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Burns: 3 things we learned from trouble in Toronto

by Bryan Burns / Tampa Bay Lightning

A letdown against the Toronto Maple Leafs was inevitable for a Tampa Bay Lightning team that clinched a postseason berth and established several franchise records a night prior in Montreal.

The Lightning were missing a trio of established NHL defensemen in Victor Hedman, Jason Garrison and Andrej Sustr against Toronto. All-Star center Tyler Johnson was also out after suffering an upper-body injury three nights earlier in Detroit.

Still, losing handily to a Toronto team in turmoil is a bitter pill to swallow for Bolts’ fans. The Maple Leafs were just 7-28-3 since January 1 entering Tuesday’s game against the Lightning.

Make that 8-28-3 now.

Before the Bolts head to Ottawa to try to get back in the win column on Thursday, let’s take a look at what went wrong (and right?) in Toronto.

1. DIRTY LITTLE SECRET

For everything positive the Tampa Bay Lightning have accomplished during a record-setting 2014-15 season, the Bolts have a habit of playing down to their competition, particularly on the road.

Tampa Bay’s effort in Toronto is just one more example.

After starting the game with a handful of scoring chances they didn’t convert or refused to take, the Lightning found themselves trailing in the first period when Toronto scored late in a power play that the Bolts’ penalty kill had dominated until the goal. Three minutes and change later, the Leafs led 2-0 when Andrei Vasilevskiy let in a goal he’d undoubtedly like to have back.

Tampa Bay cut the lead in half on Ryan Callahan’s power-play score and had several opportunities to tie the game but couldn’t convert against red hot Toronto goalie James Reimer.

When Morgan Rielly scored 24 seconds into the final period, the Bolts’ compete level didn’t match the two-goal deficit the team suddenly faced.

Asked following the game if the Lightning have trouble getting up for lesser opponents, Tampa Bay head coach Jon Cooper balked.

“I don’t want to sit here and say we’re playing down to anybody,” he said. “It’s the National Hockey League. Anybody’s capable of beating anybody any given night…We were off.”

The numbers, though, tell a different story.

On the road against teams with more regulation losses than wins – Toronto, Buffalo, New Jersey, Carolina, Edmonton and Arizona – the Lightning are now just 2-4-2.

Fortunately for the Bolts, they won’t have to play anymore of those games the rest of the way.

2. DEPTH IN DEFENSE

No team wants to be without four key members of its blue line with two weeks remaining in the regular season and the playoffs on the horizon.

But, in a difficult situation, Tampa Bay has learned it has depth in defense that can be counted on this season and in the future.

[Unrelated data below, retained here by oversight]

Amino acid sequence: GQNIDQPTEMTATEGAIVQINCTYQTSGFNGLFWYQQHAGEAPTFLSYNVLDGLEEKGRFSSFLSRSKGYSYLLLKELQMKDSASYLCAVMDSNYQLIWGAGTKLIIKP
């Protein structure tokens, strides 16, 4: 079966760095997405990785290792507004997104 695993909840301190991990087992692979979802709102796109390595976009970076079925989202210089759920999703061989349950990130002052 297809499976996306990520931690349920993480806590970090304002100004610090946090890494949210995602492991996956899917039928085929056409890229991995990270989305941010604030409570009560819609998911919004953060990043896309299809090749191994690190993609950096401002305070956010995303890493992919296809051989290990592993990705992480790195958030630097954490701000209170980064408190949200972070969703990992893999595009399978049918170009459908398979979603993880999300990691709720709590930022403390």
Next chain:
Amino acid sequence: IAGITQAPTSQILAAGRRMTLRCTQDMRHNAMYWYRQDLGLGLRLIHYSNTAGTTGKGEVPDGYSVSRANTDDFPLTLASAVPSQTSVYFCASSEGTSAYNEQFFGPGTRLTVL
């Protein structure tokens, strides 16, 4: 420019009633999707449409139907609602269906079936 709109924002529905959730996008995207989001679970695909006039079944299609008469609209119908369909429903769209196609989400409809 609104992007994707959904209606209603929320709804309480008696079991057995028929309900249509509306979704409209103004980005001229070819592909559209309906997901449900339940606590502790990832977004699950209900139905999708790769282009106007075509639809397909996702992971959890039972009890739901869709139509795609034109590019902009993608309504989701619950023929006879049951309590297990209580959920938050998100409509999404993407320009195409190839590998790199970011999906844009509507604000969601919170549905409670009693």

Mark Barberio, Nikita Nesterov, Luke Witkowski and Slater Koekkoek had a combined 131 games of NHL experience entering the Toronto game. Koekkoek was making his league debut after being recalled from AHL Syracuse earlier in the day. Yet all four performed capably, superbly even during the 3-1 loss.

Cooper was quick to point out postgame the three goals the Lightning allowed were not a result of glaring breakdowns by his rookie quartet on the blue line.

“I’m not going to sit here and say we lost because of our D,” Cooper said. “That wasn’t the case. I think this is a collective of why we lost this game from the goaltender all the way out to the forwards.”

The Lightning should get Victor Hedman back by the conclusion of the road trip, maybe sooner. Andrej Sustr is expected to return before the playoffs. Braydon Coburn has a chance to be healthy again once the postseason begins and Jason Garrison should return sometime during the first round.

Add those four to established veterans Anton Stralman and Matt Carle, throw in the four youngsters and suddenly the Lightning have one of the deepest D corps in the league.

3. FOUR IN TEN

Two weeks ago, the Lightning were playing some of their best hockey of the season with consecutive wins against Montreal, Detroit and Boston.

Now, with four games left over the next 10 days, the Bolts, losers of three of their last four, need to again find the consistent level of play that has brought them to the brink of the top spot in the Eastern Conference.

“We still have four games here to kind of right the ship and against four good teams too,” Bolts defenseman Matt Carle said. “So, they’re going to be a good test for us, and if we can have some success, which we expect to do, we’re going to be feeling good when the playoffs come around.”

Brian Boyle said the Lightning need to put forth their best effort every single night and can’t get up for some games while going through the motions in others.

“You’re going to have ups and down throughout the season, but this is the time to focus and treat these games with a little more intensity,” he said.

Winning all four games, or even three of the final four, would go a long way toward giving Tampa Bay a boost of momentum into what the team hopes is a long, prosperous playoff run.

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